This will only add fuel to those late night discoursians about the relative merits of horses over mules or viciversy. Is the horse the smarter one for hitching a ride or is the mule the smarter one for recognizing the political opportunity which this all represents? In any event these boys know what they are doing, or should, so don’t try this at home without horse tranquilizers. Remember that politics is a luke warm bowl of thin soup.

Sheep A Logical Choice

Sheep: A Logical Choice

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Sheep have numerous uses on a smallholding. They are excellent grazers and are ideal at revitalizing old pastures as well as an excellent follower of the cows in a rotational grazing system. Cropping the grass at 2-3 inches that the cows have left at 8 inches encourages new growth in the spring. Their manure is usually in pellet form and is spread throughout a pasture as they graze. A sheep shares a ton a year of fertilizer with the earth.

On The Anatomy of Thrift Fat & Slat

On the Anatomy of Thrift Part 3: Fat & Salt

On the Anatomy of Thrift is an instructional series Farmrun created with Farmstead Meatsmith. Their principal intention is instruction in the matters of traditional pork processing. In a broader and more honest context, OAT is a deeply philosophical manifesto on the subject of eating animals. Fat & Salt is the third and final video in the series. It is the conceptual conclusion to the illustrated, narrated story that weaves throughout the entire series, and deals instructionally in the matters of preserving pork.

The Brabants Farm

The Brabants’ Farm

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The Brabants’ Farm is a multi purpose farming operation whose main goal is to promote “horsefarming.” Our philosophy is to support the transformation of regional conventional agriculture and forestry into a sustainable, socially responsible, and less petroleum dependent based agriculture, by utilizing animal drawn technology (“horsefarming”), and by meeting key challenges in 21st century small scale agriculture and forestry in Colombia and throughout South America.

Calves that Don't Breathe at Birth

Calves that Don’t Breathe at Birth

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Heart rate is one way to tell if the calf is in respiratory distress, since it drops as the body is deprived of oxygen. Normal heart rate in a newborn calf is 100 to 120 beats per minute. Place your hand over the lower left side of the ribcage, just behind and above the elbow of his front leg. If heart rate has dropped as low as 40, the calf ’s condition is critical; he needs to start breathing immediately.

Hay Making with a Single Horse Part 1

Hay Making with a Single Horse Part 1

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For the last ten years, I have made hay mostly with a single horse. This has not necessarily been out of choice, as at one time I had hoped to be farming on a larger scale with more horses. Anyway, it does little good to dwell on ‘what if ’. The reality is that I am able to make hay, and through making and modifying machinery, I probably have a better understanding of hay making and the mechanics of draught.

Chicken

How To Cure Chicken Roup: Then and Now

How To Cure The Common (Chicken) Cold

Walsh No Buckle Harness

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When first you become familiar with North American working harness you might come to the erroneous conclusion that, except for minor style variations, all harnesses are much the same. While quality and material issues are accounting for substantive differences in the modern harness, there were also interesting and important variations back in the early twentieth century which many of us today either have forgotten or never knew about. Perhaps the most significant example is the Walsh No Buckle Harness.

A Year of Contract Grazing

A Year of Contract Grazing

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Contract grazing involves the use of livestock to control specific undesirable plants, primarily for ecological restoration and wildfire prevention purposes. The landowners we worked for saw grazing as an ecologically friendly alternative to mowing, mechanical brush removal, and herbicide application.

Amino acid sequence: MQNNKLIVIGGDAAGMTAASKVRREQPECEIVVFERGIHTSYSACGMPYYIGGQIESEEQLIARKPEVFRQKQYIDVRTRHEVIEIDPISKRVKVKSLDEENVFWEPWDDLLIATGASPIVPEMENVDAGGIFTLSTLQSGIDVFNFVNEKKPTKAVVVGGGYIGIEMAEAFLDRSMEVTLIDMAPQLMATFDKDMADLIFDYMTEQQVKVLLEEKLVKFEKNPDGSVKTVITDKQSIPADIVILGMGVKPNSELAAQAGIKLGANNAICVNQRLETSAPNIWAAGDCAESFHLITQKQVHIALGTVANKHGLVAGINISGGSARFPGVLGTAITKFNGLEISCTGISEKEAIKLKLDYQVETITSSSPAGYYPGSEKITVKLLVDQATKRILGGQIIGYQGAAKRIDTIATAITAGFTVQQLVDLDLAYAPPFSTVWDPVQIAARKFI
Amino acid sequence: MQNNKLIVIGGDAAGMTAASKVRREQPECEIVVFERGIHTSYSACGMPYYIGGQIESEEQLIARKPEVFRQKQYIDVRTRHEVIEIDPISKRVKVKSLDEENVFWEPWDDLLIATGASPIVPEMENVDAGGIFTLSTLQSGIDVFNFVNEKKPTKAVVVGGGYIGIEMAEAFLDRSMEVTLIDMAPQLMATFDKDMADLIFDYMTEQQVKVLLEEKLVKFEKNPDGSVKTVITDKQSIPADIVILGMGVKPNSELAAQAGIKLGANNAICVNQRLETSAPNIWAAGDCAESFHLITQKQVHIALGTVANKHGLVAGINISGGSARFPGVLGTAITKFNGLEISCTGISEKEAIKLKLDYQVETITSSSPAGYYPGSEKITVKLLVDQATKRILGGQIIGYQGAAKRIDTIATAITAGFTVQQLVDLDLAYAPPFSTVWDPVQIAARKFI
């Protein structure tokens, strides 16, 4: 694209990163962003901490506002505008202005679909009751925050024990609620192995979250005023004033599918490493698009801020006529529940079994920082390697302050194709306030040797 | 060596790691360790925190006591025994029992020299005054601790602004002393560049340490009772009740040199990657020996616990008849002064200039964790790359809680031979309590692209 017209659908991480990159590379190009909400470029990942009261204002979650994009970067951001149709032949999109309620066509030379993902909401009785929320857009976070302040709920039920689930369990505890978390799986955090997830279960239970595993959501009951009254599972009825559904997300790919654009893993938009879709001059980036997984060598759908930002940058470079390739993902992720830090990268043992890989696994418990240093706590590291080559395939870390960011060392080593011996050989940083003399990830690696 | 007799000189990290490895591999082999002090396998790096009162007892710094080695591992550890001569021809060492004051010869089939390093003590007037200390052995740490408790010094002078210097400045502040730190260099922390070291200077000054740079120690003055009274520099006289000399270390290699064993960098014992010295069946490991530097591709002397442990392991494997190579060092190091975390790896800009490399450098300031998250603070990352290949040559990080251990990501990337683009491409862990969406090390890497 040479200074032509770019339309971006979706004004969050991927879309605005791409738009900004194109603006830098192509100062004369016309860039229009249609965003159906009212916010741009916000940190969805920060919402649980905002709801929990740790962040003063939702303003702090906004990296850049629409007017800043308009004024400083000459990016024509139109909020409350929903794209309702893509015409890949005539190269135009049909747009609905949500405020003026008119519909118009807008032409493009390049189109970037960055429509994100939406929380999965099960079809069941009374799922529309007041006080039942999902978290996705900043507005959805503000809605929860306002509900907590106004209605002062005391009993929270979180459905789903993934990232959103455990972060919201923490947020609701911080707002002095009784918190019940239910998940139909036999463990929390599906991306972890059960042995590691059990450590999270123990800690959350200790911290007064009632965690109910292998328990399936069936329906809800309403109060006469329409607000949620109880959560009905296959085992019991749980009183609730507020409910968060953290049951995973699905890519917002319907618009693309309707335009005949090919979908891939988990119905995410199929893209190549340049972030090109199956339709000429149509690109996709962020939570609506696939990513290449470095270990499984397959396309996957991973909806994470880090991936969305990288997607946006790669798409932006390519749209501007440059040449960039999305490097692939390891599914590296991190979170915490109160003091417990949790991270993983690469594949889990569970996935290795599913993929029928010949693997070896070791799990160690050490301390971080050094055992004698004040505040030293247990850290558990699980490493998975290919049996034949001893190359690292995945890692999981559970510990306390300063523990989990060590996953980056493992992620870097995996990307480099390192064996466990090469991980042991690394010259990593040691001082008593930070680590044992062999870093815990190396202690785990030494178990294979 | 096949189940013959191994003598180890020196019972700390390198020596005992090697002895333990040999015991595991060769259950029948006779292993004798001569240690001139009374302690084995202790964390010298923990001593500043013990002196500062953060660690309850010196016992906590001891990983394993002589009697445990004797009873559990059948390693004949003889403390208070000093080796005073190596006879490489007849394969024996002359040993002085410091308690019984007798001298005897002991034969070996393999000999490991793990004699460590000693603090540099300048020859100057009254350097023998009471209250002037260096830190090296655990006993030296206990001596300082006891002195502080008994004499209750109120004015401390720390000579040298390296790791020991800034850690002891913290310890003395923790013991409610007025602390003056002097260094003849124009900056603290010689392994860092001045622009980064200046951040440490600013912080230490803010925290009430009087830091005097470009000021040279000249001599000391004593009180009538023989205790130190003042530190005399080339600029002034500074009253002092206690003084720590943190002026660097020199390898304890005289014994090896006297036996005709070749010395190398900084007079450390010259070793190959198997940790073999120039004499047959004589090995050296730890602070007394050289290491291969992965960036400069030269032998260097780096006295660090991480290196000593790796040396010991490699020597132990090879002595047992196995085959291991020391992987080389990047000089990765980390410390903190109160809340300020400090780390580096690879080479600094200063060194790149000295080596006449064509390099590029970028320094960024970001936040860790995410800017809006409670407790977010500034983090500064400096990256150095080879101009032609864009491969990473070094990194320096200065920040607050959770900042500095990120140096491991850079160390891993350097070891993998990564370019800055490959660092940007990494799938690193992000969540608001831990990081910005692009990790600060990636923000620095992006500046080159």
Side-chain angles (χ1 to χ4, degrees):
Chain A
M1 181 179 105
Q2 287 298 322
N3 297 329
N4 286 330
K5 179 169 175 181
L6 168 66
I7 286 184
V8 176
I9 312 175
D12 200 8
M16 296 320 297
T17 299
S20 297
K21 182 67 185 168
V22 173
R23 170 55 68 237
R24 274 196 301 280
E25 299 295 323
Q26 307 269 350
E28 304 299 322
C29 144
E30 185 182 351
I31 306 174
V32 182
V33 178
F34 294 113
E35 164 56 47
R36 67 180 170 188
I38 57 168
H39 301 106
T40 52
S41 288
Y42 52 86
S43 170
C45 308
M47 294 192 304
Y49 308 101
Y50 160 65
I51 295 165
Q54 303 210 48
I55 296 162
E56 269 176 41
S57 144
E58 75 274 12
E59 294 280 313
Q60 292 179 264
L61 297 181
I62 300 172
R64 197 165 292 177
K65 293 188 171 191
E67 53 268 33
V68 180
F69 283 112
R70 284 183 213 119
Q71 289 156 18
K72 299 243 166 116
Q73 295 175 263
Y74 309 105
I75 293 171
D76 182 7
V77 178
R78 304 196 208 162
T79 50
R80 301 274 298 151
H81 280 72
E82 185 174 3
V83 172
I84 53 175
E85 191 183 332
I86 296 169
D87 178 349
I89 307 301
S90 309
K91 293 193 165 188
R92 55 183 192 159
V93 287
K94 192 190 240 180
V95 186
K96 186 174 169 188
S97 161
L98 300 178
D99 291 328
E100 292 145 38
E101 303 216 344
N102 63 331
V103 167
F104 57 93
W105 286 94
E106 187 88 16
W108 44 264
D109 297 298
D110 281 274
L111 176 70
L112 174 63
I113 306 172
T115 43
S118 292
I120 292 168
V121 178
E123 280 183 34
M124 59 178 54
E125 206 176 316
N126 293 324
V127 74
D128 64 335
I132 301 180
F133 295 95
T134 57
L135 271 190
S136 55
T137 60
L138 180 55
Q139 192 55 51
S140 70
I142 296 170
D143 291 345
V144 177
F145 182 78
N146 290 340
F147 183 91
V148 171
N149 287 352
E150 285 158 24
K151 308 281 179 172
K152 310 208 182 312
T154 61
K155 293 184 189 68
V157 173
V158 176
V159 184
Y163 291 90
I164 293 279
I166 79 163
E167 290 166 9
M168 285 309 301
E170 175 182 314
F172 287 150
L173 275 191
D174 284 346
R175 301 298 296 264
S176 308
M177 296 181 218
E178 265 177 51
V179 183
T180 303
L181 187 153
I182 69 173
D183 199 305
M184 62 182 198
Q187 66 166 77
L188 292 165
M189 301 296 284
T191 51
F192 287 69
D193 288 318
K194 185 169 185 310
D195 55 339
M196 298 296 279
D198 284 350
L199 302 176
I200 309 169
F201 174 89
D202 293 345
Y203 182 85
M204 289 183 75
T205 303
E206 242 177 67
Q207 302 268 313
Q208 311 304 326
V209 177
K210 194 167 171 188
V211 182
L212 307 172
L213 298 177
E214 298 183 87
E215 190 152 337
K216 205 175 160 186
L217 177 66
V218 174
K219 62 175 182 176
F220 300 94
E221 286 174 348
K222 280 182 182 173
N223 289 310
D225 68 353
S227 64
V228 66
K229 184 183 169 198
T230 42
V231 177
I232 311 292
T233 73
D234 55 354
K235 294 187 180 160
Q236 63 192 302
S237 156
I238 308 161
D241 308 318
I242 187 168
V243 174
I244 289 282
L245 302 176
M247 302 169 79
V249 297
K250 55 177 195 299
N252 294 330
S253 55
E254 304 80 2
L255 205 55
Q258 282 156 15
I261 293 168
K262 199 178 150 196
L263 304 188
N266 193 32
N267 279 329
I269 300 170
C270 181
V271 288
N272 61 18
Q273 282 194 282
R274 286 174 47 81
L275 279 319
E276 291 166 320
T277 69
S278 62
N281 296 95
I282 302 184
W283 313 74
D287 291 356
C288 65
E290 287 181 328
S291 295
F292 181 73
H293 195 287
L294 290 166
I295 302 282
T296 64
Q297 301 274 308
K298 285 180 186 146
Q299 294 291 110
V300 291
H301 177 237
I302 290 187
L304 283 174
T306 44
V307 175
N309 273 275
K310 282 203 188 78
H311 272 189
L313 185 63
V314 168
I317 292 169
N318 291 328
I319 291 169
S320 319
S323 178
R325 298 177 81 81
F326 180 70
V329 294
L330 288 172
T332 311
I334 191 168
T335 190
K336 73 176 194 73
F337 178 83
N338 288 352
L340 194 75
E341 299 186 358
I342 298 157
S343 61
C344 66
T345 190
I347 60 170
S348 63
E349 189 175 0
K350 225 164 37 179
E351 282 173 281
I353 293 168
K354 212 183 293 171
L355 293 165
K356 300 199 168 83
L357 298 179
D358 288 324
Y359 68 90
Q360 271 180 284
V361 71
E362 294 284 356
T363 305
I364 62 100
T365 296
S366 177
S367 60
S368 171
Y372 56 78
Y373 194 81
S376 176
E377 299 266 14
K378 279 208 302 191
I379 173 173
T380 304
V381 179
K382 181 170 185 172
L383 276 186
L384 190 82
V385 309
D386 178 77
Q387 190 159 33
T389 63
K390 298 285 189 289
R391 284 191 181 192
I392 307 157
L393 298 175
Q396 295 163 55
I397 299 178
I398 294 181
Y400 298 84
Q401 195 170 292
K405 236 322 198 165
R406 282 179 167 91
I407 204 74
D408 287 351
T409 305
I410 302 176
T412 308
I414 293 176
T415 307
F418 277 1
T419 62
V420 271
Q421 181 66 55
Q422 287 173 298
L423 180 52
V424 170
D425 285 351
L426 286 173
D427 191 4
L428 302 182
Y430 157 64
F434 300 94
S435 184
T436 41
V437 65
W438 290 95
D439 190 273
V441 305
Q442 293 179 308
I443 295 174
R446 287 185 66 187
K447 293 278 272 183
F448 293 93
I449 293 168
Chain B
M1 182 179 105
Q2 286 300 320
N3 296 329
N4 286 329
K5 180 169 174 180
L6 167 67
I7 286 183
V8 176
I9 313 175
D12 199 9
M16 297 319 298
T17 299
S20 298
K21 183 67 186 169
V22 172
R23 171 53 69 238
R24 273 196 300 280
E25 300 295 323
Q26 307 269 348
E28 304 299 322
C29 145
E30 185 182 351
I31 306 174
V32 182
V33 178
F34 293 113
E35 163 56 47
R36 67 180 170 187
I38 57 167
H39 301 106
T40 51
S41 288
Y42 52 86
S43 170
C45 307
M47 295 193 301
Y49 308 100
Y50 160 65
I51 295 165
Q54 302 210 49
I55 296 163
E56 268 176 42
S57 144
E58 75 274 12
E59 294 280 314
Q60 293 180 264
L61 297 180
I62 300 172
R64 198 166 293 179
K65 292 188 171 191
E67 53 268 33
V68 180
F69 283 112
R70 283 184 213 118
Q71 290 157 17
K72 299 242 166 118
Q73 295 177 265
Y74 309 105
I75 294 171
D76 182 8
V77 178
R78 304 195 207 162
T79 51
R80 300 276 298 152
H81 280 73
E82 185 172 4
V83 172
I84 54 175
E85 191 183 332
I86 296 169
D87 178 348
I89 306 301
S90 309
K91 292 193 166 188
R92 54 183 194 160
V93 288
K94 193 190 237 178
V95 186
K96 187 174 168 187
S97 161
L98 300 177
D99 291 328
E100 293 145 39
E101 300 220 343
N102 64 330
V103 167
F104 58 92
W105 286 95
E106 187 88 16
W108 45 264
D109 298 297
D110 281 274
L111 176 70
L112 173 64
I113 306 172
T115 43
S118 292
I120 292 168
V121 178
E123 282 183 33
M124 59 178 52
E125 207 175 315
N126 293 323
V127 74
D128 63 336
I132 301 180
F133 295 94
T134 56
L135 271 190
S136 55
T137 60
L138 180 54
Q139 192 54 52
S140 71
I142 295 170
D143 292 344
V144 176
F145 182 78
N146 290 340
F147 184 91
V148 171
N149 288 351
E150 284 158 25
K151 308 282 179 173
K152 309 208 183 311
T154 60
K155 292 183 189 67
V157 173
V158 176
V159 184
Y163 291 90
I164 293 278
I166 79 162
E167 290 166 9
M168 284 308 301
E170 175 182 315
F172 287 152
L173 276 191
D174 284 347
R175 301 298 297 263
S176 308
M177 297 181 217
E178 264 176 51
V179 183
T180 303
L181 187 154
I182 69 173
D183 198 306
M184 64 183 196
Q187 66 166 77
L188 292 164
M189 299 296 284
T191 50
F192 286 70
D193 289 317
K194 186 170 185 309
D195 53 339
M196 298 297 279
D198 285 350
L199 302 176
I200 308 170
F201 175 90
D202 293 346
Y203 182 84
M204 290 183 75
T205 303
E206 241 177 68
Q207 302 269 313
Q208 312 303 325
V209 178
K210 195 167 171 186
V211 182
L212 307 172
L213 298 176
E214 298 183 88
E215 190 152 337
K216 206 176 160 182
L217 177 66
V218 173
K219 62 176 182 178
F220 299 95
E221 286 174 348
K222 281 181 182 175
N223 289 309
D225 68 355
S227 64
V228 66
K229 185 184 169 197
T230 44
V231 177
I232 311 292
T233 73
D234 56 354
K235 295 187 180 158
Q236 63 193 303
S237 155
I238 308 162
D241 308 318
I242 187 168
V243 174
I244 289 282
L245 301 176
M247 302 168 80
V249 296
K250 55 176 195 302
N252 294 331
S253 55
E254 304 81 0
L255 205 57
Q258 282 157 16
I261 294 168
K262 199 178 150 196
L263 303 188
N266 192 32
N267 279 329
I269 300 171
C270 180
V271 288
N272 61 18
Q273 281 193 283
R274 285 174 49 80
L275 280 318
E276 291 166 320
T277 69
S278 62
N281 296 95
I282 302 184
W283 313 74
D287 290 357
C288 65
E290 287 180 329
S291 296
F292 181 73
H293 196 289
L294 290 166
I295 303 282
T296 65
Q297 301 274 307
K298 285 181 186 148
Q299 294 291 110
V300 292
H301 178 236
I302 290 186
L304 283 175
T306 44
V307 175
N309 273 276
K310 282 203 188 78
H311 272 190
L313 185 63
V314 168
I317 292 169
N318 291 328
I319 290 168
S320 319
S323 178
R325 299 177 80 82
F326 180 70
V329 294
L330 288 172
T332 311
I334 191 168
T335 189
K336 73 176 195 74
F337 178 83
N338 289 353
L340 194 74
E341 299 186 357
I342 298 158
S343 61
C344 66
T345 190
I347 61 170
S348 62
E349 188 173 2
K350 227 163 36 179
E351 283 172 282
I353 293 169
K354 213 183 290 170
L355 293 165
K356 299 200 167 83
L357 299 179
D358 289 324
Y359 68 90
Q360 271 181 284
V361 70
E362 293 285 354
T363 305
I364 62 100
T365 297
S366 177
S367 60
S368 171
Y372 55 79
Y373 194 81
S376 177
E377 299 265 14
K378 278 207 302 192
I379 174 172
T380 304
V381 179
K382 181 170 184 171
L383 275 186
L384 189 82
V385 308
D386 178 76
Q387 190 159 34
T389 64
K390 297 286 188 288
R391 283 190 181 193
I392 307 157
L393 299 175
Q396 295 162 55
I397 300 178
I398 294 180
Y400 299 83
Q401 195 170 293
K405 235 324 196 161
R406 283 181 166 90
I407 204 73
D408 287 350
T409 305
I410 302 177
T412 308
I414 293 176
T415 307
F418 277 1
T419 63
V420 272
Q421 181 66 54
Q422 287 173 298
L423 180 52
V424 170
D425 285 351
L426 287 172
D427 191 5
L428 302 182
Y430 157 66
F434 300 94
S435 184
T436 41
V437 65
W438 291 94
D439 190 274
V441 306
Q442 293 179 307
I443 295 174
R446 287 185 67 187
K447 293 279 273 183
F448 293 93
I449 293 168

Ask A Teamster Halters Off

Ask A Teamster: Halters Off!

When my friend and mentor, the late Addie Funk, first started helping me with my horses, he suggested that we get rid of my halter ropes with snaps and braid lead ropes on to all the halters permanently. Actually as I think about it, it was more than a suggestion. Knowing him, he probably just braided the new ropes on, confident that anyone with any sense would be pleased with the improvement. In any case, when the task was completed I clearly remember him saying to me, “Now nobody will turn a horse loose around here with a halter on.”

Horseshoeing Part 6A

Horseshoeing Part 6A

The boundary between health and disease of the hoof is difficult to determine, especially when we have to deal with minor defects of structure or shape of the hoof. Ordinarily, we first consider a hoof diseased when it causes lameness. However, we know that diseases of the hoof may exist without lameness. Therefore, a hoof should be regarded as diseased or defective when it deviates from what we consider as normal or healthy, whether the service of the animal is influenced by it or not.

Horseshoeing Part 5A

Horseshoeing Part 5A

All shoes whose ground-surface is provided with contrivances to prevent slipping upon snow and ice are called winter shoes. These various contrivances are produced by several processes called “methods of sharpening.” All methods may be gathered into two groups, – namely, practical sharp-shoeing and impractical. Only the first will be considered.

Horseshoeing Part 4B

Horseshoeing Part 4B

Forging is that defect of the horse’s gait by reason of which, at a trot, he strikes the ends of the branches or the under surface of the front shoe with the toe of the hind shoe or hoof of the same side. Forging is unpleasant to hear and dangerous to the horse. It is liable to wound the heels of the forefeet, damages the toes or the coronet of the hind hoofs, and often pulls off the front shoes.

Living With Horses

Living With Horses

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The French breed of Ardennes is closer to what the breed has been in the past. The Ardennes has always been a stockier type of horse, rude as its environment. Today the breed has dramatically changed into a real heavy horse. If the Ardennes had an average weight between 550 and 700kg in the first part of the last century, the balance shows today 1000kg and more. Thus the difference between the Ardennes and their “big” sisters, the Brabants in Belgium, or the Trait du Nord in France, has gone.

Small Farmer's Journal

Small Farmer's Journal
PO Box 1627
Sisters, Oregon 97759
800-876-2893
541-549-2064
agrarian@smallfarmersjournal.com
Mon - Thu, 8am - 4pm PDT